Payday lenders have been slammed for targeting students by offering them hasty money-lending options.
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In some circumstances, students who cannot make the repayments find themselves in grave financial trouble with no viable means of escape.
In response, the Office of Fair Trading launched a review on payday lenders in February this year, recently deciding that the Financial Conduct Authority should have the power to cap the annual percentage rate (APR) and remedy what has been regarded as usury. Currently the law in the United Kingdom only requires lenders to state the APR which is not restricted to any percentage.
Payday loans are small advances of money that financially assist a borrower until their next pay day. A payday loan can be secured in less than 20 minutes online provided you have a bank account and proof of address, which is appealing to students or low income earners.
Loans are typically about £100 with a repayment term of anything up to one month. Frequent applications for loans or regular defaults on existing loans can result in debts of thousands of pounds.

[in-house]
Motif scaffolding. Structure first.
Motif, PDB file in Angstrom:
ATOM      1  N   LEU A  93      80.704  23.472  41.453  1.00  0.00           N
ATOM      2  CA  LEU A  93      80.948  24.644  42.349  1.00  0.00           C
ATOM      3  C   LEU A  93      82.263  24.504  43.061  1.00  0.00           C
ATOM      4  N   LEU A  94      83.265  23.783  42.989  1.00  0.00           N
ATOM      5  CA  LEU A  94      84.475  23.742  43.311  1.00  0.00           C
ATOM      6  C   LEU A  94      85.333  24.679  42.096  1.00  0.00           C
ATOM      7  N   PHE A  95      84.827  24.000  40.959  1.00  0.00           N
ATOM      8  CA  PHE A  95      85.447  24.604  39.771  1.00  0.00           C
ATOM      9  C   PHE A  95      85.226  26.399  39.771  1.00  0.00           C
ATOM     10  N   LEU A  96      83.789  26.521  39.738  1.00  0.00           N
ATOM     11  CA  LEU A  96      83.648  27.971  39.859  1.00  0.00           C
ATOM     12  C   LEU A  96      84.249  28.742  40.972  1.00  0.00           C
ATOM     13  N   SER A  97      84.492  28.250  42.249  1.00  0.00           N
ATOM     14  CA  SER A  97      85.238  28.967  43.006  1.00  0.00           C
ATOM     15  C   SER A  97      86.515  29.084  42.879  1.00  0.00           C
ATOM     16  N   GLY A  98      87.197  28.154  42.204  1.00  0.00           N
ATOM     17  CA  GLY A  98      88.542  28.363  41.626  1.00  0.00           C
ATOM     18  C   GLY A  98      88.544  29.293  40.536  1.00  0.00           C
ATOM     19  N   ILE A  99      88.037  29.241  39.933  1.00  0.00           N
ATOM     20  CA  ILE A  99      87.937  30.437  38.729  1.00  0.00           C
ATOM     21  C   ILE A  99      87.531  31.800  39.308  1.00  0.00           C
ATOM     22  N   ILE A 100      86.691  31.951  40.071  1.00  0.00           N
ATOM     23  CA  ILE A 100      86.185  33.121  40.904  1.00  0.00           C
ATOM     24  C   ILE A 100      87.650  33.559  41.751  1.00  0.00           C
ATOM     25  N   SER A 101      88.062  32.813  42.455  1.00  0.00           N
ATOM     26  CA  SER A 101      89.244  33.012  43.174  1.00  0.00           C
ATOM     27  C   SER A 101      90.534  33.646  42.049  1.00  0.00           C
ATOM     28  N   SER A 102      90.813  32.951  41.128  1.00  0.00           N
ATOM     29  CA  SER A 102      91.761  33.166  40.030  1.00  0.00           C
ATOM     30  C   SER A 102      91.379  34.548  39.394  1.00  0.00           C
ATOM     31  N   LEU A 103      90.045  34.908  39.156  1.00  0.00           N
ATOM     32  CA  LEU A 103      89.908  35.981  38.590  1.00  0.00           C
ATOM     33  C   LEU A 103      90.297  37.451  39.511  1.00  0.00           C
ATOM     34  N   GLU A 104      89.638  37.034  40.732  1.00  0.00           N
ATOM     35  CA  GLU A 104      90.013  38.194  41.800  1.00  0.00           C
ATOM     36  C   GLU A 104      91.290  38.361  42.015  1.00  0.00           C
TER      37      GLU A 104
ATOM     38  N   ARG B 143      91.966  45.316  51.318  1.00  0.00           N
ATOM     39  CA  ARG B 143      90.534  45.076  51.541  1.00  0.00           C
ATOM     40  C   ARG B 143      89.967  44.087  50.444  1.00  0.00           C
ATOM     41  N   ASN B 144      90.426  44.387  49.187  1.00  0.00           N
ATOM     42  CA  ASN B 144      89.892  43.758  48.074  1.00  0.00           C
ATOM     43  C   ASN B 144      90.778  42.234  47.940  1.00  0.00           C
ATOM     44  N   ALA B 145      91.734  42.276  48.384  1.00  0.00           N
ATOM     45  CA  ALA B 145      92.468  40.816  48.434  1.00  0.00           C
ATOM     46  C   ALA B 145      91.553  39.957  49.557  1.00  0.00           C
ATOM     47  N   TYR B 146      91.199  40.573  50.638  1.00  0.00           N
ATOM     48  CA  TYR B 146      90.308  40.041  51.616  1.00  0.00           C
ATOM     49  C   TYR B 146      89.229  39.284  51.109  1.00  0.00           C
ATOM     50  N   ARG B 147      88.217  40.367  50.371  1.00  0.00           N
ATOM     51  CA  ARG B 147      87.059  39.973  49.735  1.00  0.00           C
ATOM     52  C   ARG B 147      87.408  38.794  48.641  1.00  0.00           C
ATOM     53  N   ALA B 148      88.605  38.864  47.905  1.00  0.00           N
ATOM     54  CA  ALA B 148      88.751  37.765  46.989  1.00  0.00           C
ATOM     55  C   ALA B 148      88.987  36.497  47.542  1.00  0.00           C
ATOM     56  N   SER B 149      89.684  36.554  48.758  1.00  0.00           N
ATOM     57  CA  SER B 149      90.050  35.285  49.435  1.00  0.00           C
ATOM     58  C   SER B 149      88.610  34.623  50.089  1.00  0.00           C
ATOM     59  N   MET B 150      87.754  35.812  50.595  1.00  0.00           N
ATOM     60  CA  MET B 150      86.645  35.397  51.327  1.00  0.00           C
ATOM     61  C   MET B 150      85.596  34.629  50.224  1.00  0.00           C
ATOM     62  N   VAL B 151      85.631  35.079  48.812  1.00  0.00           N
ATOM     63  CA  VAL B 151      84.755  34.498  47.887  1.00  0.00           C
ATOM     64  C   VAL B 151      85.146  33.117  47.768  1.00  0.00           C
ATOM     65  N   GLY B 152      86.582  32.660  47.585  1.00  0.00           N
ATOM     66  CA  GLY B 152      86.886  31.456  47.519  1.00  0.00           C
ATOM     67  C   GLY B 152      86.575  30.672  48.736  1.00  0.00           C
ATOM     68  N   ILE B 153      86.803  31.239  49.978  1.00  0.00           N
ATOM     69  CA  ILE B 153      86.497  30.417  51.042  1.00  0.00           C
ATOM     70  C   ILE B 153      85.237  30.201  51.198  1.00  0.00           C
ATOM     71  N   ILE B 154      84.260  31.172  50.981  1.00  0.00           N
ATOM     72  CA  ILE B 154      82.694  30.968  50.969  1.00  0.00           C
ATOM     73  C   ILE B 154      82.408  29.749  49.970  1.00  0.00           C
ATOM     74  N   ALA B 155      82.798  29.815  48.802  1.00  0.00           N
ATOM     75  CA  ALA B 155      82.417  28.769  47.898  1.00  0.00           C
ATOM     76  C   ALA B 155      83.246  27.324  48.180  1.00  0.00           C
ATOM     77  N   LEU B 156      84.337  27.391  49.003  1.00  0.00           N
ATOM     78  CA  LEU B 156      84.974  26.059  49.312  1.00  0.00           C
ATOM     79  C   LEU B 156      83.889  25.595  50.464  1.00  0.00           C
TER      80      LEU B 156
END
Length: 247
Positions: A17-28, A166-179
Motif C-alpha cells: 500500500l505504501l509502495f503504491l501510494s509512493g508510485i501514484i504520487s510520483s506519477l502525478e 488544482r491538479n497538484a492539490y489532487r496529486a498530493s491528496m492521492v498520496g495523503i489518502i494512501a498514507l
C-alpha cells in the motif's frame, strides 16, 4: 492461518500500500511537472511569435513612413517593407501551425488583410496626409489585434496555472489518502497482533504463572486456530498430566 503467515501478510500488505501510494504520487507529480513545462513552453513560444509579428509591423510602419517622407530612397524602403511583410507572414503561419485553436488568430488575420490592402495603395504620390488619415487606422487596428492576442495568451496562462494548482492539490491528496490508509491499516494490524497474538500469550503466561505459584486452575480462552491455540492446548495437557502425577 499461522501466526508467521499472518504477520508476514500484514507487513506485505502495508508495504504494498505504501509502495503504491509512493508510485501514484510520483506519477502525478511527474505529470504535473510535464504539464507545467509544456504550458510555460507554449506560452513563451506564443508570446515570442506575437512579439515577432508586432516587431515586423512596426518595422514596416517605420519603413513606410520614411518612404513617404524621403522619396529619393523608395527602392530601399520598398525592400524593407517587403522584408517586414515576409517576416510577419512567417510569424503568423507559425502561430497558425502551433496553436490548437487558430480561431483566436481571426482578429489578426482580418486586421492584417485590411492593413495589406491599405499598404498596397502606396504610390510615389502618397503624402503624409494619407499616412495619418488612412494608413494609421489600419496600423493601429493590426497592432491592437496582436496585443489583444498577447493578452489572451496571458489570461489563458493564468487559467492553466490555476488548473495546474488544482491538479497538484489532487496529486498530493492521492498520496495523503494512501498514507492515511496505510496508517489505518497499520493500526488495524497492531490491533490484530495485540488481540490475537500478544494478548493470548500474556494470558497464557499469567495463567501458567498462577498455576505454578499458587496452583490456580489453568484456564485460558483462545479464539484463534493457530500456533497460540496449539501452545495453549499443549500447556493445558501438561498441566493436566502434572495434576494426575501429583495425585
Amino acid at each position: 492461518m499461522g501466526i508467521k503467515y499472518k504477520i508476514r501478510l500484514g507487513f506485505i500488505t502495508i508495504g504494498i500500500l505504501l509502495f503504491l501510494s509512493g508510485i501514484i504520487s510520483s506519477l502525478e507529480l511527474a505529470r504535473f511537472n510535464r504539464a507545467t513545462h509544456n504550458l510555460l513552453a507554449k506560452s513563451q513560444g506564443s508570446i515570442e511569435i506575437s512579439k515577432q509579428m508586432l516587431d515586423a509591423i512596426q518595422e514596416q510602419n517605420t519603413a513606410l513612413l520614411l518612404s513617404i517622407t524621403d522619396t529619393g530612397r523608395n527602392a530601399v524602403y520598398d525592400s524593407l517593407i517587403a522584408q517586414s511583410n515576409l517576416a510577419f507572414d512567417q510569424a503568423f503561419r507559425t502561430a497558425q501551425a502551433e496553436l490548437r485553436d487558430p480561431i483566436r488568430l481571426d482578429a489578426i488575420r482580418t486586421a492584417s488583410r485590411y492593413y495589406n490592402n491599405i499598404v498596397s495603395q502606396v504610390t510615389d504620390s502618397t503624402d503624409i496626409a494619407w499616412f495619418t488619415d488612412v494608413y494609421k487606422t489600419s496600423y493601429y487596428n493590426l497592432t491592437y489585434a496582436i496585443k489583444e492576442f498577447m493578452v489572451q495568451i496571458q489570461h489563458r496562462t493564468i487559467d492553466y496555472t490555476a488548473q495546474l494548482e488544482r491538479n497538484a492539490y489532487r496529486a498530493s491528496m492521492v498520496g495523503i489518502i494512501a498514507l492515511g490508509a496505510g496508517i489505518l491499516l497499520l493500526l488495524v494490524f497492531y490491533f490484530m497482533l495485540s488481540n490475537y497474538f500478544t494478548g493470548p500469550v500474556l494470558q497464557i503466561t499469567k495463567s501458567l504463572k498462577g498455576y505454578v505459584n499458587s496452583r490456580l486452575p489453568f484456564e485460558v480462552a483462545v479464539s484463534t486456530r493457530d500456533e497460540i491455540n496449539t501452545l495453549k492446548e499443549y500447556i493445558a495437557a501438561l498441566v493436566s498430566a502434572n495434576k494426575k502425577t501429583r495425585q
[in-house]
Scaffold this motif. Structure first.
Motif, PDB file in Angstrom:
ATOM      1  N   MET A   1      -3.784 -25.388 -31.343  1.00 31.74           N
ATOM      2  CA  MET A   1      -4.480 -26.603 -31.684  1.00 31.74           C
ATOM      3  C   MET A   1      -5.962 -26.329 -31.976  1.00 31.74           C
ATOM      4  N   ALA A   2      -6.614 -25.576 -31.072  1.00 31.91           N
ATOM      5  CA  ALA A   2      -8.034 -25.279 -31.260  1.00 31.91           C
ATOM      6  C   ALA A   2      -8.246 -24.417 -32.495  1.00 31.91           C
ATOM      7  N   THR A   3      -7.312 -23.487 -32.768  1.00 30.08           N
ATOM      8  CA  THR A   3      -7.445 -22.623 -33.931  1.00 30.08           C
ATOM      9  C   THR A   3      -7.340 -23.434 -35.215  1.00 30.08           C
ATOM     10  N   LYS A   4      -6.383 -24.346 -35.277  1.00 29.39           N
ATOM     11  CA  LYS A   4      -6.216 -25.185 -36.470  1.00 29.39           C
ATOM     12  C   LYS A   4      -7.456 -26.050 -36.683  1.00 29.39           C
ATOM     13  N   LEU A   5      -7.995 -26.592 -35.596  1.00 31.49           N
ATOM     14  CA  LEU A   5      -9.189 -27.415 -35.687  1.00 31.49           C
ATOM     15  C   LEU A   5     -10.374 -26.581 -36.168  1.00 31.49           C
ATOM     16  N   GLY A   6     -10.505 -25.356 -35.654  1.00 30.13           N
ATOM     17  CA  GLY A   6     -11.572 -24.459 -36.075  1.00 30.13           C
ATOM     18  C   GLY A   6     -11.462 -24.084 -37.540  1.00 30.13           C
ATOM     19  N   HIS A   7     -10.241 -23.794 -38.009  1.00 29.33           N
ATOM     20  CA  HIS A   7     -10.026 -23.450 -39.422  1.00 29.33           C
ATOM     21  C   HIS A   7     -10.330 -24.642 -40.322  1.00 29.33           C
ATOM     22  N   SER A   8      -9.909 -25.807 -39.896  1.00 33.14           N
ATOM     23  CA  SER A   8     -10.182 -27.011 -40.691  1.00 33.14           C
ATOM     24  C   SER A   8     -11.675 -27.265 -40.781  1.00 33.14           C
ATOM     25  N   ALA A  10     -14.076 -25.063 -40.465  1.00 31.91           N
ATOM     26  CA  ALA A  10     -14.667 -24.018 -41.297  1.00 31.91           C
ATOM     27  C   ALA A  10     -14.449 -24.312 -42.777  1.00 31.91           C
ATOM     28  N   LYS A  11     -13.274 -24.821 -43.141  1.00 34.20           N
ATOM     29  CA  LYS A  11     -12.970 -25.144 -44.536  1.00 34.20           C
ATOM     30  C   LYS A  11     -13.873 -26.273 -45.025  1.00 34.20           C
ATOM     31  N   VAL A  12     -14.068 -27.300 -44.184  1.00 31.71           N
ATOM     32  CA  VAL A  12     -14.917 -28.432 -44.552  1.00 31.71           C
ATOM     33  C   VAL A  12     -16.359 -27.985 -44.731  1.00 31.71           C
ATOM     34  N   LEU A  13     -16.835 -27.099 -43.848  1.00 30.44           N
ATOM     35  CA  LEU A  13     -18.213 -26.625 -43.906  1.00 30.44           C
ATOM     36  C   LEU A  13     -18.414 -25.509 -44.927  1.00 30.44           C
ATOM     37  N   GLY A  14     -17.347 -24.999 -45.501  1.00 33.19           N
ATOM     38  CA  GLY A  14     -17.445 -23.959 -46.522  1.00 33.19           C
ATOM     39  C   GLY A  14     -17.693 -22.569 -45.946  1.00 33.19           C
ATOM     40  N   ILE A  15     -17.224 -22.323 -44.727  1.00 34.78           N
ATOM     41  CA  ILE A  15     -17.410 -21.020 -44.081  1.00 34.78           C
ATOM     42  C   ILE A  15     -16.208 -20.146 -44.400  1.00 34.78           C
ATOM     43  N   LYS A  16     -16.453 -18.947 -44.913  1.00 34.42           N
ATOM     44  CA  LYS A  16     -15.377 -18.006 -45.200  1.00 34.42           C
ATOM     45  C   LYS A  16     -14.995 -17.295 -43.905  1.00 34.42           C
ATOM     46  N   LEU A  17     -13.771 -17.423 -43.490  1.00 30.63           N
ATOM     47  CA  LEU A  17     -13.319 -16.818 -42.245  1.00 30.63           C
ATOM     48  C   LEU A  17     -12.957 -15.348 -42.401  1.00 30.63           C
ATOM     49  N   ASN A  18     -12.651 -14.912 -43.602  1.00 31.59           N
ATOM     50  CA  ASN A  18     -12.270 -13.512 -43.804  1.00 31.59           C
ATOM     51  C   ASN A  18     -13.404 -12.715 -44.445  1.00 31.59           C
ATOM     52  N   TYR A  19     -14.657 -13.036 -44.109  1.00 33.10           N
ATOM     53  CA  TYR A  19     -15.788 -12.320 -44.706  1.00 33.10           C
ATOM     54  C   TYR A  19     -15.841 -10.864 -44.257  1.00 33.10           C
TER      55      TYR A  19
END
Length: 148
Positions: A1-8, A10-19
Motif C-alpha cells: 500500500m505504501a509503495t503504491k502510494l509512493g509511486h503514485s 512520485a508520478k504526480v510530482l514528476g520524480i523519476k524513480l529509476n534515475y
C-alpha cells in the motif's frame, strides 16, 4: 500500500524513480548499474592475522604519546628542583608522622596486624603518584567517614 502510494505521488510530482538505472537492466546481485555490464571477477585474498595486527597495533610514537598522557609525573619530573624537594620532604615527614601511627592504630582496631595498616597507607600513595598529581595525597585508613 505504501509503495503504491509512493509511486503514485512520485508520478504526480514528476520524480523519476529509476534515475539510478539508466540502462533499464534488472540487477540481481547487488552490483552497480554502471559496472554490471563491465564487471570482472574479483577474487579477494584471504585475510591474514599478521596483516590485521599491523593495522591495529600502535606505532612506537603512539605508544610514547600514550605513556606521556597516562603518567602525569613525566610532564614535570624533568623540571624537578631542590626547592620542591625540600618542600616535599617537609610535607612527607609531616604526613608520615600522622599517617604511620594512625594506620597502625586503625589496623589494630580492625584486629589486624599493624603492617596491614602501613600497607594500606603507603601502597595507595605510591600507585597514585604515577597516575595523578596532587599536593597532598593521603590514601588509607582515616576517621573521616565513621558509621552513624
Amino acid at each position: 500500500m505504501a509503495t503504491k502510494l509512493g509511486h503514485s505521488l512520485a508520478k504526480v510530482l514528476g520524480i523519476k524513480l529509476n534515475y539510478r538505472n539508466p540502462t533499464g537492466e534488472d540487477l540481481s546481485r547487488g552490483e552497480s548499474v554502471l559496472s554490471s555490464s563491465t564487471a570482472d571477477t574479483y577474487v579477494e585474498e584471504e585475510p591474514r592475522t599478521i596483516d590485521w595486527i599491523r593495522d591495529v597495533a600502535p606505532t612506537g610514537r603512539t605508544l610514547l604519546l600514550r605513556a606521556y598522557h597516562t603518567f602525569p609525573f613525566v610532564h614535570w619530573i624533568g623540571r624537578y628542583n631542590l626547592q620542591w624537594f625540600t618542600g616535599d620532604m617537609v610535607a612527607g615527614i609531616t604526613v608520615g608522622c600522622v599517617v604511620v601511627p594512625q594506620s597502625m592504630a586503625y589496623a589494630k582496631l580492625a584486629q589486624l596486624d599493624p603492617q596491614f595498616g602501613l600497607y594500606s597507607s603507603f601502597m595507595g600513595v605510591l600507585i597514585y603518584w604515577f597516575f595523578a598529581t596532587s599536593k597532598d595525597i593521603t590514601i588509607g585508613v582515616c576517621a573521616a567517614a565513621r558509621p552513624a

The APR is an accumulation of the initial interest rate and any additional fees the lender incurs in the course of the loan. APR is typically higher than the interest rate as it operates to balance the interest rate and fees.
The APR may fluctuate to coincide with prevailing rates or where the borrower violates a term of the loan agreement. Over the course of a loan some rates have totalled as much as 4,000%. Some fees may not be included in the advertised APR so it is important for a borrower to make further inquiries in order to determine exactly what they are expected to repay so as to avoid debts.
For free and independent advice, visit moneyadviceservice.org.uk